New Orleans is an incredibly serendipitous town, and the idea of Rosedale Restaurant came about when Chef Susan Spicer (Bayona, Mondo) happened upon a curious, interesting property—a former Lakeview police station—tucked away a few blocks from City Park Avenue.
Even for New Orleans, Rosedale is a unique, eclectic spot. It has the vibe of a fishing camp with a clamshell gravelly parking lot that leads to an elevated roadhouse-style space. Ample natural light pours into the dining room, which immediately draws attention to the hearth of the open-air kitchen that’s flanked by a rustic bar. The bar flows into another sun-kissed dining area that leads to a sprawling outdoor patio. Kitchen aromatics pair nicely with music selections offered, such as Lucinda Williams (who has dined here twice) and local bands. Much of the space has been peppered with reclaimed, repurposed material and smart local accents (such as a huge Hubig pies image in a reclaimed window frame, and many photographs of Chef Spicer’s favorite musicians lining the walls), all of which give Rosedale a well-worn, comfortable vibe that one would expect to find in a more-established neighborhood restaurant.
With the world-renowned, James Beard Award–winning Spicer at the helm, Rosedale’s menu is a reflection of Spicer’s commitment to local cuisine as well as her passion for flavors spanning the globe. It’s a reflection of years spent traveling abroad from as far back as she can remember, as well as the international offerings that her mother prepared for family suppers. Nearly a dozen “small” selections include a comforting bowl of turtle soup, elevated by the inspired inclusion of spinach dumplings and paired with the traditional sherry and egg mimosa. Likewise, classics such as rosemary-scented barbecue shrimp and the lemony crab and artichoke dip are both excellent examples of Spicer’s deft touch. If a soulful bowl of stone-ground cheddar grits is your thing, Rosedale’s rendition offers add-ons: smothered greens, broccoli, bacon, mushrooms, eggs, barbecue shrimp, and cochon de lait (which is what we opted for, and it did not disappoint). Guacamole and chips are enhanced by the inclusion of grilled green onions and cotija cheese. If the eggplant caponata with croutons isn’t already appealing enough, you can add an unctuous dollop of burrata cheese. Salads at Rosedale include a chopped salad and the warm mushroom salad, which was a big hit at our table—and gone in a matter of seconds!
Rosedale’s 10 “big plates” range from a pimento cheese sandwich with potato chips to grilled Korean short ribs with spicy pineapple salsa, local kale and mint.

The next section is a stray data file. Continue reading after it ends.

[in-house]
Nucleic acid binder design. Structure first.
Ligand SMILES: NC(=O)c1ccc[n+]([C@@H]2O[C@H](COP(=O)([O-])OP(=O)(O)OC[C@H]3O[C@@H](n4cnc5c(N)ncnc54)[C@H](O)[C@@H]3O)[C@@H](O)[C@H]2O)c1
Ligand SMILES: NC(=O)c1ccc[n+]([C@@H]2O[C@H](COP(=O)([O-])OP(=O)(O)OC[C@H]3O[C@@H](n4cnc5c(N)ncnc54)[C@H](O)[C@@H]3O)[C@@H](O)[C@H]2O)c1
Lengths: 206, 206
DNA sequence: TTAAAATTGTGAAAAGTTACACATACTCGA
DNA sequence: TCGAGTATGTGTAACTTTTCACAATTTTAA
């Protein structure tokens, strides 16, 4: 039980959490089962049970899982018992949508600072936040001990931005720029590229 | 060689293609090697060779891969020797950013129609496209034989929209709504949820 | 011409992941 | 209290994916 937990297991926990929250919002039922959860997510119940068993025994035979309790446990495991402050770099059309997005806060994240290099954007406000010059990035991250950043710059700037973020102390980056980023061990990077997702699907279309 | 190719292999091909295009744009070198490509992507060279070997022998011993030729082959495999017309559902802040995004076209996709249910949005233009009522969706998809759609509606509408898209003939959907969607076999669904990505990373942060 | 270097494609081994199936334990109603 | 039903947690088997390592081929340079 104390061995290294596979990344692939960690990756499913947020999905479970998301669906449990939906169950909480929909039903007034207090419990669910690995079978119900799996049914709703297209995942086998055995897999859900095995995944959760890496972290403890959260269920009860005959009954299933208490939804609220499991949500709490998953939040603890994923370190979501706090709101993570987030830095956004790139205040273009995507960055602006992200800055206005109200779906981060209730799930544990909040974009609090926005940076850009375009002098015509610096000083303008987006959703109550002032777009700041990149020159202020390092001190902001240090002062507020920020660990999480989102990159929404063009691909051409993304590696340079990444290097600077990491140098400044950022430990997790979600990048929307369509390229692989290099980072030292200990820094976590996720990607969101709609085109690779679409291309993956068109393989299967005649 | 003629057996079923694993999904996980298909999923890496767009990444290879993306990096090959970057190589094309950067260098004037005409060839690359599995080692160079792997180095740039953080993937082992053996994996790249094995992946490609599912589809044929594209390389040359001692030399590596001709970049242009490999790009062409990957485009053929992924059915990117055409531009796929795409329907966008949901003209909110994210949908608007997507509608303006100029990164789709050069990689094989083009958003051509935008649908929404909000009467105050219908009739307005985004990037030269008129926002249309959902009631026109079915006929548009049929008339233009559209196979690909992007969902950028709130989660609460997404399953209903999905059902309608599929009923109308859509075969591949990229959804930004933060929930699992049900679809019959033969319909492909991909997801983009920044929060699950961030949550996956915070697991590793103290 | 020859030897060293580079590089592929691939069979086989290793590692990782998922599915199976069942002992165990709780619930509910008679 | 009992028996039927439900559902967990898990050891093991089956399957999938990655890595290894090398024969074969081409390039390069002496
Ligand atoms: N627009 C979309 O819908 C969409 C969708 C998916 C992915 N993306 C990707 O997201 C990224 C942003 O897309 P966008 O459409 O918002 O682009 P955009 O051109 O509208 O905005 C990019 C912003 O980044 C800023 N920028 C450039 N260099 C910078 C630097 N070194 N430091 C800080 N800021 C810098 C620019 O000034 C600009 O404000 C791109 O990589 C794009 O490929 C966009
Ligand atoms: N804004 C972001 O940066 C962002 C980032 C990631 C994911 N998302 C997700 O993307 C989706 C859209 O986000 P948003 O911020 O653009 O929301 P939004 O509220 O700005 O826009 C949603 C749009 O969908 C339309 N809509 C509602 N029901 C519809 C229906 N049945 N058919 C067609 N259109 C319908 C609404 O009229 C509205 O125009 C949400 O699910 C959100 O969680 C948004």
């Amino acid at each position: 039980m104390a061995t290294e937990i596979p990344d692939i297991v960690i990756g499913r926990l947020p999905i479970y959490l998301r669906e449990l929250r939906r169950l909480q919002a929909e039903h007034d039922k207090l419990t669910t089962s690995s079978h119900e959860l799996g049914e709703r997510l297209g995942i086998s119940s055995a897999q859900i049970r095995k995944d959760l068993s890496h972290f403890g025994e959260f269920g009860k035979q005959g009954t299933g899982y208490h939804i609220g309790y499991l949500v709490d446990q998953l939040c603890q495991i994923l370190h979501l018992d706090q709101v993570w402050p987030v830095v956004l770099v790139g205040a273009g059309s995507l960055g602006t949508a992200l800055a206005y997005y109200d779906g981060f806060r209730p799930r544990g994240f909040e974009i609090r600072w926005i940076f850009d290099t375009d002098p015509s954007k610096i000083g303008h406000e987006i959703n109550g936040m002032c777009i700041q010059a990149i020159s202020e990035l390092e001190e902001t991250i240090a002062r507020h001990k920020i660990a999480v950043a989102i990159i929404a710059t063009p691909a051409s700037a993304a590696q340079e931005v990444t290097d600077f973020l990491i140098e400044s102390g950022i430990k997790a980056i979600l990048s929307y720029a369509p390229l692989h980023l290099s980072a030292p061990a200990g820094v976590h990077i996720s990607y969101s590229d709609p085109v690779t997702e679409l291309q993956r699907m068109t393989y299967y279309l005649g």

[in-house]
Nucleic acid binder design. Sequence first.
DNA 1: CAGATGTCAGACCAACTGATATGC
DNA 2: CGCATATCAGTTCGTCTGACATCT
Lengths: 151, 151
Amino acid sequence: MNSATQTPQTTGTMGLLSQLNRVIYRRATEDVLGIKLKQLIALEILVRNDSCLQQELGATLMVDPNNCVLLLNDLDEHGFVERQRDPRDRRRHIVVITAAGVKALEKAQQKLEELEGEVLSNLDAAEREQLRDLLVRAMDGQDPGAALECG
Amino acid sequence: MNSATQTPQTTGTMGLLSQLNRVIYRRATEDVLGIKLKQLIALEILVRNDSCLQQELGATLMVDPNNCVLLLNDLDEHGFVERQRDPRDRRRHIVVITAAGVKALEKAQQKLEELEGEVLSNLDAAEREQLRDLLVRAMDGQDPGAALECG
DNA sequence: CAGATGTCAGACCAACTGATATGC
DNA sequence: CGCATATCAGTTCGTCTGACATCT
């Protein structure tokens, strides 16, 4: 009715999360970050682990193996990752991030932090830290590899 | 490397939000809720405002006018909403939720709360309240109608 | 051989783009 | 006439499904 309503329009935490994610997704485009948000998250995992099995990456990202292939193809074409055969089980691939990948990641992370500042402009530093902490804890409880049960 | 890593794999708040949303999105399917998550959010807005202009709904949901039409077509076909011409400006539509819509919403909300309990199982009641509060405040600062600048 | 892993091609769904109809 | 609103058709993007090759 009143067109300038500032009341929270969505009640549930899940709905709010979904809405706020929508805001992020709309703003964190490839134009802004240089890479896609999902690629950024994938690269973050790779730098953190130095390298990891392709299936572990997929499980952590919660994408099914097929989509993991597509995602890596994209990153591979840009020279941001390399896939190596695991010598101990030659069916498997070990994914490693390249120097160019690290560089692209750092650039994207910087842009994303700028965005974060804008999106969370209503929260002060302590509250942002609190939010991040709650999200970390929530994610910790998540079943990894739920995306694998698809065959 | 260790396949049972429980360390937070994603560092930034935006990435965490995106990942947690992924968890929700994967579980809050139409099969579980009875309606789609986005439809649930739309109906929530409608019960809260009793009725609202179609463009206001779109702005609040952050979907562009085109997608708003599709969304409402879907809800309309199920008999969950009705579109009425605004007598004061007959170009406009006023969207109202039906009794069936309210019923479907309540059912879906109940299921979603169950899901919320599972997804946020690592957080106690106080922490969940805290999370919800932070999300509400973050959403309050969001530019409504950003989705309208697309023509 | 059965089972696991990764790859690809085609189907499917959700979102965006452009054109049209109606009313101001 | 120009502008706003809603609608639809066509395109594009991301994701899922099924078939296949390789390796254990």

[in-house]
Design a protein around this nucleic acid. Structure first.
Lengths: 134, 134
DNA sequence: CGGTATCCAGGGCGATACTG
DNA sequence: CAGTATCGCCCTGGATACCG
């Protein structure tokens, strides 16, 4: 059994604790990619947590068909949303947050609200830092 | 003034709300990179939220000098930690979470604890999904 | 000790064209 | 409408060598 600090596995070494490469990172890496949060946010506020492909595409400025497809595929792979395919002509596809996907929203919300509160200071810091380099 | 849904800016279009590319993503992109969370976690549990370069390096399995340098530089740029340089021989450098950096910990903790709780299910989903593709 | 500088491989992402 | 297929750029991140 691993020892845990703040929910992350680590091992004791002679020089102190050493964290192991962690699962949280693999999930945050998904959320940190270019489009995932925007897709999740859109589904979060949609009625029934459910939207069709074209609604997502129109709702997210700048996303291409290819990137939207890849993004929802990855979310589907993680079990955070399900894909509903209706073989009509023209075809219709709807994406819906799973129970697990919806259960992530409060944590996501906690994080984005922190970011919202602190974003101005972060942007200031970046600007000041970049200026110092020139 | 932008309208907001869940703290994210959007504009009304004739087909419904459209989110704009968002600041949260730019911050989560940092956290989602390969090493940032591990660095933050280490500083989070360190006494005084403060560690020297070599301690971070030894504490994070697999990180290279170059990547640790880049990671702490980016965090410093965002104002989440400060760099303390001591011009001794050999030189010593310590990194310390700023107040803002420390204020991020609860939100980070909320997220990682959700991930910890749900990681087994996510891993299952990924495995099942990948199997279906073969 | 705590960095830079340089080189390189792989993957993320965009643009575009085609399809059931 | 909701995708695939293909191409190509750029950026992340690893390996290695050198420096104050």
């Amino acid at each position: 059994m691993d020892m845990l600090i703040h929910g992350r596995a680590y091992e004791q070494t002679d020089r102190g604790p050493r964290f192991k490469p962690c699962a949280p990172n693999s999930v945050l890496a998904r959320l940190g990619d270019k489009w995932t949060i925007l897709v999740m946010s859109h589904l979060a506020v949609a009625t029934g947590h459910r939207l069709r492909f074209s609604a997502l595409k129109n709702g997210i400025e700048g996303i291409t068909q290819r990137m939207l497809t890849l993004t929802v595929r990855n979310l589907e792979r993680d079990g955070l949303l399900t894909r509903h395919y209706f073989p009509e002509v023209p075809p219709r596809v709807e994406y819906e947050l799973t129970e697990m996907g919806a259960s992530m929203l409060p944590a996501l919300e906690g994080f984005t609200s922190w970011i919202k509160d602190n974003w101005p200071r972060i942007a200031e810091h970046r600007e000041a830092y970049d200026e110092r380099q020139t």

Half the selections are sandwiches, and they are some of the menu’s highlights. The duck pastrami sandwich with Russian dressing, pickled onions, and rye bread was savory and delicious, and the cochon de lait po-boy with hot mustard, slaw and fried pickles will satisfy your Jazz Fest jones. The smoked tuna muffuletta is simply genius, and is the only one I’ve ever had that contends with the classic version from Central Grocery. Besides the seasonal grilled Gulf fish sandwich, Spicer serves up caramelized fish with dirty rice and mirliton chow chow that brings back sweet dreams of the beloved Uglesich’s. Heartier fare includes the lamb meatballs and spaghetti, bourbon-fried chicken thighs with mac-n-cheese, greens and Tabasco honey. Also on the roster is a generous portion of shrimp creole garnished with fried eggplant and rice. The four sides include Italian-style broccoli and a baked sweet potato with Steen’s butter.
Rosedale’s dessert list is short and sweet, including sorbet and ice cream varieties, a pineapple mango upside down cake and a killer pecan pie. The cocktail menu strikes a pleasant balance of craft and classic, and many local beers on tap. The wine selection is abbreviated but often features special selections and always offers a variety of options from three-ounce pours to one liter. We loved the reasonably priced Brunn Grüner Veltliner and the Le Charmel Rose from Provence.
The service at Rosedale is attentive, unobtrusive and friendly, presided over by co-owner Jenni Rainosek Lynch, who is also Spicer’s business partner at Mondo. Recently, Chef Allison Birdsall has been named Executive Chef. Birdsall, a native of Cut Off, Louisiana, has deep local ties, including working for Commander’s Palace and Domenica. Rosedale has become a go-to spot for many in the neighborhood looking for a great local experience which is aided by a happy hour from 3 p.m. until 6 p.m.
Rosedale Resturant; 801 Rosedale Drive; New Orleans, LA 70124; (504) 309-9595; Wednesday through Friday 11 a.m.-’til; Saturday and Sunday 10 a.m.-’til.